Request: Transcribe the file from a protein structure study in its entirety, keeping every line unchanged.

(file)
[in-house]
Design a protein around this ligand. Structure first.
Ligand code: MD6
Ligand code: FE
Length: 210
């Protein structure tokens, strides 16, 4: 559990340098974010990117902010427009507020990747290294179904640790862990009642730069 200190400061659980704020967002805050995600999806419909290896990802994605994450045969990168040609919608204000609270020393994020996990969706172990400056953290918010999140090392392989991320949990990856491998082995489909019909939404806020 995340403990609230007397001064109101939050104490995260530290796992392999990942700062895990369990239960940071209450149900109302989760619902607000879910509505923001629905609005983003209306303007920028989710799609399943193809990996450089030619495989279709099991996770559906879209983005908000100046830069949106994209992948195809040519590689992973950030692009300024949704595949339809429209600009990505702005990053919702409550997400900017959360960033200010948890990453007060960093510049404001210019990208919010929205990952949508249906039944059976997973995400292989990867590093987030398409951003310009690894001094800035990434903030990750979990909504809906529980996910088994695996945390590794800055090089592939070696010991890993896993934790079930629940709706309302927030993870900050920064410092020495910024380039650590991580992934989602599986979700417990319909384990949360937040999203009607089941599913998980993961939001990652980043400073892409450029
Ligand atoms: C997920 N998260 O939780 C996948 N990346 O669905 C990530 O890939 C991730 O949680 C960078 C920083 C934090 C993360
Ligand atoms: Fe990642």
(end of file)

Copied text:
[in-house]
Design a protein around this ligand. Structure first.
Ligand code: MD6
Ligand code: FE
Length: 210
């Protein structure tokens, strides 16, 4: 559990340098974010990117902010427009507020990747290294179904640790862990009642730069 200190400061659980704020967002805050995600999806419909290896990802994605994450045969990168040609919608204000609270020393994020996990969706172990400056953290918010999140090392392989991320949990990856491998082995489909019909939404806020 995340403990609230007397001064109101939050104490995260530290796992392999990942700062895990369990239960940071209450149900109302989760619902607000879910509505923001629905609005983003209306303007920028989710799609399943193809990996450089030619495989279709099991996770559906879209983005908000100046830069949106994209992948195809040519590689992973950030692009300024949704595949339809429209600009990505702005990053919702409550997400900017959360960033200010948890990453007060960093510049404001210019990208919010929205990952949508249906039944059976997973995400292989990867590093987030398409951003310009690894001094800035990434903030990750979990909504809906529980996910088994695996945390590794800055090089592939070696010991890993896993934790079930629940709706309302927030993870900050920064410092020495910024380039650590991580992934989602599986979700417990319909384990949360937040999203009607089941599913998980993961939001990652980043400073892409450029
Ligand atoms: C997920 N998260 O939780 C996948 N990346 O669905 C990530 O890939 C991730 O949680 C960078 C920083 C934090 C993360
Ligand atoms: Fe990642």